Opinion: How lockdown in Sheffield made us love the NHS, needles and new ways of meeting people

The announcement of lockdown two years ago was inevitable. Covid was spread when people met, so we couldn’t. It was also a step into the unknown, when we would reconnect with faithful friends and make new ones we never knew existed.

Wednesday, 23rd March 2022, 1:48 pm

Lockdown made all of us love the NHS again. We all needed to be safe in the knowledge that the NHS would be there for us if the dreaded virus struck.

This time it was no help if you had private care, we all needed a National Health Service and the expertise that brings. Which is why we clapped for it, put thank you posters in our window and actually believed the politicians when they said we needed to protect the NHS.

We also needed to talk to to each other. We couldn’t meet physically, so we found a new virtual friend. Zoom. We Zoomed into each others kitchens, spare rooms or whatever else did for an office. And although it wasn’t perfect, it was reassuring to see everyone was trying to get on with things. If they couldn’t, Zoom could help with that too, via counselling or wellbeing sessions.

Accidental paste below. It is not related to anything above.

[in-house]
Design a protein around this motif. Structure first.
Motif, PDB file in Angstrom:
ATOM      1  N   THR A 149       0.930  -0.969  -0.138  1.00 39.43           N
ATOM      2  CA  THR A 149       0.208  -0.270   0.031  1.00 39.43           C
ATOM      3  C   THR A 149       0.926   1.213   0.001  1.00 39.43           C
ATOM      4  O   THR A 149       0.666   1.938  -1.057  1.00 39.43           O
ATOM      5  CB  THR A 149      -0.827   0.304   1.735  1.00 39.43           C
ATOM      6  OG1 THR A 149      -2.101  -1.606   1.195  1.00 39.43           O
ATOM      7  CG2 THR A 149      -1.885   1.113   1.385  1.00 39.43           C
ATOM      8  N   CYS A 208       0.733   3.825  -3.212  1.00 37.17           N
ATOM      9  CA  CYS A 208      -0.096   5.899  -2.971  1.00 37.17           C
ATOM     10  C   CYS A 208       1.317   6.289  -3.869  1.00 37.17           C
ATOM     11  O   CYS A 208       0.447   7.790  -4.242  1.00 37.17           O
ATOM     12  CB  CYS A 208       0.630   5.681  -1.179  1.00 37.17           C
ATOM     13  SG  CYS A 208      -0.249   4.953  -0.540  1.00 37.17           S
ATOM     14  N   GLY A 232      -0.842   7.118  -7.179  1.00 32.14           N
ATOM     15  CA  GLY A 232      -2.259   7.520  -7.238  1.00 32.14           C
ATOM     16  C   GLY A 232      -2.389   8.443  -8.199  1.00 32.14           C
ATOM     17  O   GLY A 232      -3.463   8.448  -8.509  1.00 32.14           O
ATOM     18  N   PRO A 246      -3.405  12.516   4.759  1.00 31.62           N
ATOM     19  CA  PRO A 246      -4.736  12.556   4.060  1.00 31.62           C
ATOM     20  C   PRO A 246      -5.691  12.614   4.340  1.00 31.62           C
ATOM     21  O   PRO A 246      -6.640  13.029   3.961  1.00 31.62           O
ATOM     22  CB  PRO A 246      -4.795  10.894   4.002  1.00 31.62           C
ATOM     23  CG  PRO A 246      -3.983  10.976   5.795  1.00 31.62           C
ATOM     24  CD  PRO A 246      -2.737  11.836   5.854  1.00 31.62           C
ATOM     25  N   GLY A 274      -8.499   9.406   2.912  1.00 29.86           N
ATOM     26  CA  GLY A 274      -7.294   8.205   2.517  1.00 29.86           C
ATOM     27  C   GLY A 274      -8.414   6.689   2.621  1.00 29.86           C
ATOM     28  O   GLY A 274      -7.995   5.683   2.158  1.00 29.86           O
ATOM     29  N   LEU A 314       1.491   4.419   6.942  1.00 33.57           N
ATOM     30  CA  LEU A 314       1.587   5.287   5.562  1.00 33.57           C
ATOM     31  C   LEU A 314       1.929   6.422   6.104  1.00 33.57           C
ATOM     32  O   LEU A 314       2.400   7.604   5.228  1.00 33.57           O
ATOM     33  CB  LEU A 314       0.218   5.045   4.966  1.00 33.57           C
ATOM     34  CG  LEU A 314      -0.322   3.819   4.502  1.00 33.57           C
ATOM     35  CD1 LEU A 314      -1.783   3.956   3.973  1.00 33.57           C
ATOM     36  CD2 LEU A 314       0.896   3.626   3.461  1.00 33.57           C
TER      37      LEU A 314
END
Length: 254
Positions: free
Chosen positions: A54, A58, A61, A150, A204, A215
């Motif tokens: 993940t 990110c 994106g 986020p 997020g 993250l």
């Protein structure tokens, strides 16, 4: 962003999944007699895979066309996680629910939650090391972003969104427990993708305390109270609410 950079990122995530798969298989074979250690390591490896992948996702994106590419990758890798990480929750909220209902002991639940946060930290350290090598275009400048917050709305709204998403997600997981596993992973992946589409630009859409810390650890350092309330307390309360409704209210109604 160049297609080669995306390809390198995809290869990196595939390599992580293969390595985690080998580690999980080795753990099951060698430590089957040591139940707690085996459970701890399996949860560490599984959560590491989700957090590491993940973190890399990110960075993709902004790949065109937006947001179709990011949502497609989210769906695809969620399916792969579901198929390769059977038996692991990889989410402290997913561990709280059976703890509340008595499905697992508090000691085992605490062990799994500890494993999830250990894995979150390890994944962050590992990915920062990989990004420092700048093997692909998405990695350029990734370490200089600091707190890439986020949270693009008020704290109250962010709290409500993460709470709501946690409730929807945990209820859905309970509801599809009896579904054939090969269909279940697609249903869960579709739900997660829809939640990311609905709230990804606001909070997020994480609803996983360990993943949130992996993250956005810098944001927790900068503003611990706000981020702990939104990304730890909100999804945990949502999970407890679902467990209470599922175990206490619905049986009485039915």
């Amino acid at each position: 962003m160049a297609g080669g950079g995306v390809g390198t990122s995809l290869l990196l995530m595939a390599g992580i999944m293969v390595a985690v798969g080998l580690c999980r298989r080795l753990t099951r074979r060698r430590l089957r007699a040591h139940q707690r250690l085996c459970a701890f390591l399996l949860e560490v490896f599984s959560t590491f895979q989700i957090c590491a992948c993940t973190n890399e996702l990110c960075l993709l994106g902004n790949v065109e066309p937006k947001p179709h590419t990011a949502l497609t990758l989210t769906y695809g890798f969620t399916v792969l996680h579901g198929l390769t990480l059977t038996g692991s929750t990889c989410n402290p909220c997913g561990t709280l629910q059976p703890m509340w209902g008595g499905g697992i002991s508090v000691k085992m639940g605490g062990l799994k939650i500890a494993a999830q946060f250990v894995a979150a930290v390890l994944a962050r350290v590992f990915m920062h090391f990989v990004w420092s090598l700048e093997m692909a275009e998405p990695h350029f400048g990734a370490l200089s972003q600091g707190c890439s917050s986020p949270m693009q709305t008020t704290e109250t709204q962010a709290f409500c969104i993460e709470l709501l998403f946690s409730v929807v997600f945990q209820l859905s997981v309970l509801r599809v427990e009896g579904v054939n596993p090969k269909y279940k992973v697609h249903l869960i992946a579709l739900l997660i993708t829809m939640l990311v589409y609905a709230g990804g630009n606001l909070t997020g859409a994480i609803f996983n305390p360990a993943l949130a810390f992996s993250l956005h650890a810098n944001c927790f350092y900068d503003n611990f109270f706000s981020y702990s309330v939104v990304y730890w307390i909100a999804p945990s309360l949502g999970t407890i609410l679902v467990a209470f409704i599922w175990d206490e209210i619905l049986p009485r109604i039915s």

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LONDON, ENGLAND - MARCH 23: Prime Minister Boris Johnson speaks during a press conference at 10 Downing Street

But what we really wanted was a vaccine. Who knew people would queue round the block to have a needle in their arm. No more fainting or complaining, when the vaccine was found, we couldn’t get enough.

Quite why anyone would refuse still confuses me, but then so did those who didn’t follow the lockdown rules. We all wanted to protect the NHS, but some seemed oblivious. Which is why we got sick of the sight of the Prime Minister at press conferences spouting one thing and doing another.

We won’t miss those lectures, but we can reflect on communities pulling together, helping each other and most of us showing a collective responsibility I’m not sure many thought we have.

So it’s not really a happy two-year anniversary, but it is one we can toast if only to say goodbye and thanks for reminding us of how brilliant the NHS is, how much we like injections and what a sorry lot politicians are when it comes to the crunch.

A health worker prepares a dose of the AstraZeneca/Oxford vaccine
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